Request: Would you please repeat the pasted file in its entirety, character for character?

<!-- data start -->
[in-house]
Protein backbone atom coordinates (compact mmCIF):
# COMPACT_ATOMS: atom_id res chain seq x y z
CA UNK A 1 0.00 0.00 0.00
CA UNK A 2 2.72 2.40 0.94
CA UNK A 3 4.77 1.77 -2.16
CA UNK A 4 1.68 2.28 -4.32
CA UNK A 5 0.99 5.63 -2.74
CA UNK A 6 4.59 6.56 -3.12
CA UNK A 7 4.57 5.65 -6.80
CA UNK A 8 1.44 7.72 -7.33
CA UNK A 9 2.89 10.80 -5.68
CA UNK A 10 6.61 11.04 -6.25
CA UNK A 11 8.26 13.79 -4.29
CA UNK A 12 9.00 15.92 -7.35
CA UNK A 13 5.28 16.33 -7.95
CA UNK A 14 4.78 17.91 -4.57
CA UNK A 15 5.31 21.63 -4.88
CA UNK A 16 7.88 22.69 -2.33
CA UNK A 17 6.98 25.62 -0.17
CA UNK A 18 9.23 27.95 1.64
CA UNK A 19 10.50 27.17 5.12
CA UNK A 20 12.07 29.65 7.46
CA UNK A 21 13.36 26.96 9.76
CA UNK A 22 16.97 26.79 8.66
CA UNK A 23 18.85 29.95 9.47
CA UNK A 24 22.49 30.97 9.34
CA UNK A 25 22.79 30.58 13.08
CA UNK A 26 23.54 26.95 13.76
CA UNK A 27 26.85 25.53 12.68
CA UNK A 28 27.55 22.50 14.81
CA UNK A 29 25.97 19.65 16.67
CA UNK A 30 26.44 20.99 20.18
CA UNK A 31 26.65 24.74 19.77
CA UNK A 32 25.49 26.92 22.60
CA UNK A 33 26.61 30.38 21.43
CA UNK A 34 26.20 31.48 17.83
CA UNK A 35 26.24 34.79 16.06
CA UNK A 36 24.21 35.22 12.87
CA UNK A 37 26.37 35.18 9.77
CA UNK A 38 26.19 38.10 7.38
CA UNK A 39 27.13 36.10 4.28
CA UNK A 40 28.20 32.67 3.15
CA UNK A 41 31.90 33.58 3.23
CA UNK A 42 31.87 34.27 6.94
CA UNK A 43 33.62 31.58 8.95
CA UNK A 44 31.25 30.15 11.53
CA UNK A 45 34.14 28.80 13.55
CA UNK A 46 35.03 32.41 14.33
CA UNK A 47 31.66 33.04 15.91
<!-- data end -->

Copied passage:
[in-house]
Protein backbone atom coordinates (compact mmCIF):
# COMPACT_ATOMS: atom_id res chain seq x y z
CA UNK A 1 0.00 0.00 0.00
CA UNK A 2 2.72 2.40 0.94
CA UNK A 3 4.77 1.77 -2.16
CA UNK A 4 1.68 2.28 -4.32
CA UNK A 5 0.99 5.63 -2.74
CA UNK A 6 4.59 6.56 -3.12
CA UNK A 7 4.57 5.65 -6.80
CA UNK A 8 1.44 7.72 -7.33
CA UNK A 9 2.89 10.80 -5.68
CA UNK A 10 6.61 11.04 -6.25
CA UNK A 11 8.26 13.79 -4.29
CA UNK A 12 9.00 15.92 -7.35
CA UNK A 13 5.28 16.33 -7.95
CA UNK A 14 4.78 17.91 -4.57
CA UNK A 15 5.31 21.63 -4.88
CA UNK A 16 7.88 22.69 -2.33
CA UNK A 17 6.98 25.62 -0.17
CA UNK A 18 9.23 27.95 1.64
CA UNK A 19 10.50 27.17 5.12
CA UNK A 20 12.07 29.65 7.46
CA UNK A 21 13.36 26.96 9.76
CA UNK A 22 16.97 26.79 8.66
CA UNK A 23 18.85 29.95 9.47
CA UNK A 24 22.49 30.97 9.34
CA UNK A 25 22.79 30.58 13.08
CA UNK A 26 23.54 26.95 13.76
CA UNK A 27 26.85 25.53 12.68
CA UNK A 28 27.55 22.50 14.81
CA UNK A 29 25.97 19.65 16.67
CA UNK A 30 26.44 20.99 20.18
CA UNK A 31 26.65 24.74 19.77
CA UNK A 32 25.49 26.92 22.60
CA UNK A 33 26.61 30.38 21.43
CA UNK A 34 26.20 31.48 17.83
CA UNK A 35 26.24 34.79 16.06
CA UNK A 36 24.21 35.22 12.87
CA UNK A 37 26.37 35.18 9.77
CA UNK A 38 26.19 38.10 7.38
CA UNK A 39 27.13 36.10 4.28
CA UNK A 40 28.20 32.67 3.15
CA UNK A 41 31.90 33.58 3.23
CA UNK A 42 31.87 34.27 6.94
CA UNK A 43 33.62 31.58 8.95
CA UNK A 44 31.25 30.15 11.53
CA UNK A 45 34.14 28.80 13.55
CA UNK A 46 35.03 32.41 14.33
CA UNK A 47 31.66 33.04 15.91